- Welcome from Dr. Luks
- General, Thoracic, Trauma and Endoscopic Surgery
- Emotionally Preparing Your Child for Surgery
- Preparation on the Night Before Surgery
- Surgery Cancellations
- The Day of Surgery
- ERAS (Enhanced Recovery After Surgery)
- Study Tests Nonsurgical Treatment as Viable Option for Acute Appendicitis
- Clinic Guides Complex Treatment of Vascular Anomalies
Enhanced Recovery After Surgery (ERAS)
Surgery takes a huge toll on the body, both physically and emotionally. But what if we worked to minimize pain, anxiety, and some of the physical stresses on the body whenever a major surgical procedure was being performed? Would this improve patient care?
This is exactly the question that has been asked by the surgical community and gave birth to the concept of enhanced recovery after surgery, or ERAS for short.
To be more specific, the idea behind ERAS was that a scientific, multi-pronged, evidence-based approach could be developed for individual surgeries with protocols to make sure that all patients received consistent, standardized, team-based care with minimal variability – similar to how airline pilots might utilize a checklist to make sure that critical details are not forgotten or overlooked for every flight.
The multi-pronged, team-based approach of ERAS includes several key components to its execution. Some of this starts even before the day of surgery. To begin with, patients and their families are considered key players in their own welfare.
Special care is therefore taken with patient education and counseling, so that patients know exactly what to expect with their surgeries. They are allowed to tour surgical facilities and ask lots of questions to minimize any anxiety associated with the unknown. The nutritional status of each patient is also maximized by reducing preoperative fasting and allowing people to eat as quickly after surgery as possible.
The Surgical Experience
On the day of surgery, anesthesiologists do their best to minimize the use of narcotic medications, which may serve as effective pain killers but only last for a short period of time, and also have the side-effects of prolonging sedation and decreasing gastrointestinal function. Instead, other strategies are utilized, including the use of nerve blocks, when available. Surgeons, in turn, do their best to minimize incisions and the size of the surgical procedure, taking advantage of minimally invasive techniques as much as possible. Medications are also given to decrease inflammation and prevent against infection.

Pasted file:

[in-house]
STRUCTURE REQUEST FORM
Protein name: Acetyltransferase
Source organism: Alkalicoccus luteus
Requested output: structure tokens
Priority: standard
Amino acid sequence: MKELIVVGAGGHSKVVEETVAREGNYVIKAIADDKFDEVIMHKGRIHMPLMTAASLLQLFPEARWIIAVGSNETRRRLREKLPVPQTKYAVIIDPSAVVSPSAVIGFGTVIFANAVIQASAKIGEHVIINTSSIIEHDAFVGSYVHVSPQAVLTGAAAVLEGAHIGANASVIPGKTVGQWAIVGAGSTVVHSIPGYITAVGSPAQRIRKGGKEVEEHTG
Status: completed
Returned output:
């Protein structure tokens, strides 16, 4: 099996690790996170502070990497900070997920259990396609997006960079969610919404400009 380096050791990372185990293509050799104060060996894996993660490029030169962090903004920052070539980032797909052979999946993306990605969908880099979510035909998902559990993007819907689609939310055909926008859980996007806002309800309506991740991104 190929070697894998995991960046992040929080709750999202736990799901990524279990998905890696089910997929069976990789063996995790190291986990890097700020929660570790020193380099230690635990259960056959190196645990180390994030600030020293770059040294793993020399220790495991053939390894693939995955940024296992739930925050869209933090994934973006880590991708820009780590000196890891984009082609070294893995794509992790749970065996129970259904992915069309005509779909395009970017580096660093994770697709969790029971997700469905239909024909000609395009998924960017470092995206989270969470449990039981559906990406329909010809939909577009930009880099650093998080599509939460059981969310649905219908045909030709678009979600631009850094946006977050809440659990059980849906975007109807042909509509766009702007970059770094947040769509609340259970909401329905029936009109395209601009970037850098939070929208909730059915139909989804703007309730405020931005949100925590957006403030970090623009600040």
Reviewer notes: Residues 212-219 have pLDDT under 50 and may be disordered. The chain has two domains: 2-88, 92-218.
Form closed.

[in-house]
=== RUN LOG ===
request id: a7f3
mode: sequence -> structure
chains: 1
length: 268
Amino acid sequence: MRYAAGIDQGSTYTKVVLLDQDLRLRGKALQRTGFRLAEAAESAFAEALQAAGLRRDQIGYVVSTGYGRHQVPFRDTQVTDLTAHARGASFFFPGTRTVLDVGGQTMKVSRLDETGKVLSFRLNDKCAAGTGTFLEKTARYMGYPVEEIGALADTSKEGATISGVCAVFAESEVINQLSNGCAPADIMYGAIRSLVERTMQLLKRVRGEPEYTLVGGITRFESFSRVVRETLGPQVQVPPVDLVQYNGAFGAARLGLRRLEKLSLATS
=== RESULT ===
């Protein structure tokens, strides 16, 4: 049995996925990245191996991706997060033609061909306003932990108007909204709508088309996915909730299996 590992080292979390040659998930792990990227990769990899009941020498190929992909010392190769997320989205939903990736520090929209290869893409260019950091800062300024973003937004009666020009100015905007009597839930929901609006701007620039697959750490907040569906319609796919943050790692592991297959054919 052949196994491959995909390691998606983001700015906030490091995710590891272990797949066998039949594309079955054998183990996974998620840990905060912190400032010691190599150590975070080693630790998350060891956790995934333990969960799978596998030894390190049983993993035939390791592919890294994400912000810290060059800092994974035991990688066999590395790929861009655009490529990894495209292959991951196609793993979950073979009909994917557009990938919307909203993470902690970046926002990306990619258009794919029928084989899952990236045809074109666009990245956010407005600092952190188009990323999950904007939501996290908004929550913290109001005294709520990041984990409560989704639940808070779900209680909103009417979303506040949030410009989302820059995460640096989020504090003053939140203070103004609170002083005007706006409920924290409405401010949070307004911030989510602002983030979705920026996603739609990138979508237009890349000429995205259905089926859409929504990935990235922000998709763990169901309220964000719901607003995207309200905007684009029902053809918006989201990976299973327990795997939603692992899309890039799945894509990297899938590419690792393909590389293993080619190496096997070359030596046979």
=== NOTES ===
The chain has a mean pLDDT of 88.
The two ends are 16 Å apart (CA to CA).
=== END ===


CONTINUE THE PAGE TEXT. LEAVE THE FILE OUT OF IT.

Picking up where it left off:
After surgery, patients are encouraged to begin mobilizing as quickly as possible. They are helped by avoiding the use of narcotics and other sedatives. At the same time, patients are kept comfortable with non-narcotic options for pain management. Standardized protocols for pain management and control of nausea are utilized and care is taken to optimize rest. Doctors and nurses work very closely as a team to make sure that care is consistent and thorough.
The Growing Adoption of ERAS Protocols
ERAS protocols initially took hold in adult colorectal surgery. After years of testing, scientific studies have demonstrated a number of surprising benefits. Overall, patients described improved well-being and satisfaction with surgery, with decreased postoperative pain, narcotic use and length of hospital stay compared to those who had not received ERAS-based care. It also had the added benefit of increasing healthcare value by decreasing healthcare costs.
Given these impressive benefits, ERAS principles have become widely adopted by the surgical community, with the development of a new society to advocate for their adoption (erasusa.org). While most of this work has been done in adult patients, new efforts are now exploring such benefits in pediatric patients. On this front, Hasbro Children’s Hospital is exploring the benefits of ERAS in children.
ERAS in Action at Hasbro Children's Hospital
As a first step, an ERAS protocol was developed for cleft palate surgery by the plastic surgery team, headed by Albert Woo, MD. Based on a similar protocol at the Children’s Healthcare of Atlanta, the preliminary results from this protocol to improve patient care have been outstanding.
So far, patients undergoing cleft palate surgery have seen at least a 90 percent reduction in the use of narcotics both during surgery as well as post-operatively. Despite this, patients have been more comfortable, with babies feeding better immediately after surgery.
Overall, this has translated to a dramatic decrease in patient hospital stays, with nearly all patients going home the day after surgery.
As a result of these extremely promising results, the plastic surgery team is beginning to employ ERAS principles in the care of virtually all their surgical patients. Similarly, Hasbro Children’s Hospital hopes to expand ERAS protocols into other surgical fields to deliver the best possible healthcare to its patients.